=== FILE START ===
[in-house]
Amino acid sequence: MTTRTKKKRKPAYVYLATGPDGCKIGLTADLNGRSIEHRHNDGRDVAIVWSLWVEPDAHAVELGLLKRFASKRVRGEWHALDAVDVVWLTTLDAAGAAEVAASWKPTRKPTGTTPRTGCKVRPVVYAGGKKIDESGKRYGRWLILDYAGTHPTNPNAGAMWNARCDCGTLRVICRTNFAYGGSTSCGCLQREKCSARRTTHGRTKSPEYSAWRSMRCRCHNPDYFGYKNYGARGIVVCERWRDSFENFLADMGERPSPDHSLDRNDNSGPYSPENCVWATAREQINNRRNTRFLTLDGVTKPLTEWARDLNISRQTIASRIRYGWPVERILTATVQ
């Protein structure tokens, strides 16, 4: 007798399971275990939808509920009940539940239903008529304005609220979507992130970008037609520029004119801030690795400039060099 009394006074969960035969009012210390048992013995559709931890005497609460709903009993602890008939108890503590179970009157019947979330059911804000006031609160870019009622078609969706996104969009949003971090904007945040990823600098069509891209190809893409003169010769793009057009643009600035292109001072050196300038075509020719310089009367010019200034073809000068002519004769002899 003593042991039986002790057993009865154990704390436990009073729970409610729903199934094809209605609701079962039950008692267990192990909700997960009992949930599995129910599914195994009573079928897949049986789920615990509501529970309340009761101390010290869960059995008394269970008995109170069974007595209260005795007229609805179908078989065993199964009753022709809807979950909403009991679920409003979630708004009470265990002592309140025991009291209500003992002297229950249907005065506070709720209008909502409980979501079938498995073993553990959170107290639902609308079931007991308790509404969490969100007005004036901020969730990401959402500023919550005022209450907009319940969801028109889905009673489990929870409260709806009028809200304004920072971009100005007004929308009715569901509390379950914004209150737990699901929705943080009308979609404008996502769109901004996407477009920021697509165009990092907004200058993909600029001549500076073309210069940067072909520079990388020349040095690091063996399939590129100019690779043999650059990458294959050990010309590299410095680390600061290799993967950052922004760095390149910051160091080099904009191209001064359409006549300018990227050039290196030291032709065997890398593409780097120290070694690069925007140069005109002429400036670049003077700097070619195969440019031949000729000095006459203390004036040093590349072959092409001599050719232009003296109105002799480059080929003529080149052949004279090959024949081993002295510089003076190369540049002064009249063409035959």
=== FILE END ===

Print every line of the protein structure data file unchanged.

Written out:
[in-house]
Amino acid sequence: MTTRTKKKRKPAYVYLATGPDGCKIGLTADLNGRSIEHRHNDGRDVAIVWSLWVEPDAHAVELGLLKRFASKRVRGEWHALDAVDVVWLTTLDAAGAAEVAASWKPTRKPTGTTPRTGCKVRPVVYAGGKKIDESGKRYGRWLILDYAGTHPTNPNAGAMWNARCDCGTLRVICRTNFAYGGSTSCGCLQREKCSARRTTHGRTKSPEYSAWRSMRCRCHNPDYFGYKNYGARGIVVCERWRDSFENFLADMGERPSPDHSLDRNDNSGPYSPENCVWATAREQINNRRNTRFLTLDGVTKPLTEWARDLNISRQTIASRIRYGWPVERILTATVQ
């Protein structure tokens, strides 16, 4: 007798399971275990939808509920009940539940239903008529304005609220979507992130970008037609520029004119801030690795400039060099 009394006074969960035969009012210390048992013995559709931890005497609460709903009993602890008939108890503590179970009157019947979330059911804000006031609160870019009622078609969706996104969009949003971090904007945040990823600098069509891209190809893409003169010769793009057009643009600035292109001072050196300038075509020719310089009367010019200034073809000068002519004769002899 003593042991039986002790057993009865154990704390436990009073729970409610729903199934094809209605609701079962039950008692267990192990909700997960009992949930599995129910599914195994009573079928897949049986789920615990509501529970309340009761101390010290869960059995008394269970008995109170069974007595209260005795007229609805179908078989065993199964009753022709809807979950909403009991679920409003979630708004009470265990002592309140025991009291209500003992002297229950249907005065506070709720209008909502409980979501079938498995073993553990959170107290639902609308079931007991308790509404969490969100007005004036901020969730990401959402500023919550005022209450907009319940969801028109889905009673489990929870409260709806009028809200304004920072971009100005007004929308009715569901509390379950914004209150737990699901929705943080009308979609404008996502769109901004996407477009920021697509165009990092907004200058993909600029001549500076073309210069940067072909520079990388020349040095690091063996399939590129100019690779043999650059990458294959050990010309590299410095680390600061290799993967950052922004760095390149910051160091080099904009191209001064359409006549300018990227050039290196030291032709065997890398593409780097120290070694690069925007140069005109002429400036670049003077700097070619195969440019031949000729000095006459203390004036040093590349072959092409001599050719232009003296109105002799480059080929003529080149052949004279090959024949081993002295510089003076190369540049002064009249063409035959």